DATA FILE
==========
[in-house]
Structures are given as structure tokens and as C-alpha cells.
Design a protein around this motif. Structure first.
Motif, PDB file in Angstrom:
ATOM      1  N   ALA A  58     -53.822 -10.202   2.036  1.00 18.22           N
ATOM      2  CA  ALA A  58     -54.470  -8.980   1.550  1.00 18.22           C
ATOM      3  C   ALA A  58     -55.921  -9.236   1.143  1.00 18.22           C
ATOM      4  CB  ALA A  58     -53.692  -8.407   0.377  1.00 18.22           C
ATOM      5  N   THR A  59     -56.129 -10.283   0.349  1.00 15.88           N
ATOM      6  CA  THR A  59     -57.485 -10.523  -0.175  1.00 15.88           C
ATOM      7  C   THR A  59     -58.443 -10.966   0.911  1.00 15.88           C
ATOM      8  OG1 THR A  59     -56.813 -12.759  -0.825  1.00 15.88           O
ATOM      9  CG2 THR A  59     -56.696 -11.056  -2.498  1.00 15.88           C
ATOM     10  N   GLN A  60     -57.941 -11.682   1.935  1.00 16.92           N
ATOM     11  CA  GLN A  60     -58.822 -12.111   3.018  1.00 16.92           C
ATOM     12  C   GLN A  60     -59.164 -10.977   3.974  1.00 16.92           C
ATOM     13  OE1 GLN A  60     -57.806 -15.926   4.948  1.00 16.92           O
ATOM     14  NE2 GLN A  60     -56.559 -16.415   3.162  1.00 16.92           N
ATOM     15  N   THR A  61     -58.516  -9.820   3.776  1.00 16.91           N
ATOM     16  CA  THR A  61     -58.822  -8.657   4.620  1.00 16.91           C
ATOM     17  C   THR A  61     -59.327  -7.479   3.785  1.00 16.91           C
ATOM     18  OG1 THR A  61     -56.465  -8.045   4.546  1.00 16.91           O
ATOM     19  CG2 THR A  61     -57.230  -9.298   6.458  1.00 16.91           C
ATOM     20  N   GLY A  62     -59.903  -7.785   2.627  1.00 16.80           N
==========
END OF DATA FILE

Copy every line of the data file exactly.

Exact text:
[in-house]
Structures are given as structure tokens and as C-alpha cells.
Design a protein around this motif. Structure first.
Motif, PDB file in Angstrom:
ATOM      1  N   ALA A  58     -53.822 -10.202   2.036  1.00 18.22           N
ATOM      2  CA  ALA A  58     -54.470  -8.980   1.550  1.00 18.22           C
ATOM      3  C   ALA A  58     -55.921  -9.236   1.143  1.00 18.22           C
ATOM      4  CB  ALA A  58     -53.692  -8.407   0.377  1.00 18.22           C
ATOM      5  N   THR A  59     -56.129 -10.283   0.349  1.00 15.88           N
ATOM      6  CA  THR A  59     -57.485 -10.523  -0.175  1.00 15.88           C
ATOM      7  C   THR A  59     -58.443 -10.966   0.911  1.00 15.88           C
ATOM      8  OG1 THR A  59     -56.813 -12.759  -0.825  1.00 15.88           O
ATOM      9  CG2 THR A  59     -56.696 -11.056  -2.498  1.00 15.88           C
ATOM     10  N   GLN A  60     -57.941 -11.682   1.935  1.00 16.92           N
ATOM     11  CA  GLN A  60     -58.822 -12.111   3.018  1.00 16.92           C
ATOM     12  C   GLN A  60     -59.164 -10.977   3.974  1.00 16.92           C
ATOM     13  OE1 GLN A  60     -57.806 -15.926   4.948  1.00 16.92           O
ATOM     14  NE2 GLN A  60     -56.559 -16.415   3.162  1.00 16.92           N
ATOM     15  N   THR A  61     -58.516  -9.820   3.776  1.00 16.91           N
ATOM     16  CA  THR A  61     -58.822  -8.657   4.620  1.00 16.91           C
ATOM     17  C   THR A  61     -59.327  -7.479   3.785  1.00 16.91           C
ATOM     18  OG1 THR A  61     -56.465  -8.045   4.546  1.00 16.91           O
ATOM     19  CG2 THR A  61     -57.230  -9.298   6.458  1.00 16.91           C
ATOM     20  N   GLY A  62     -59.903  -7.785   2.627  1.00 16.80           N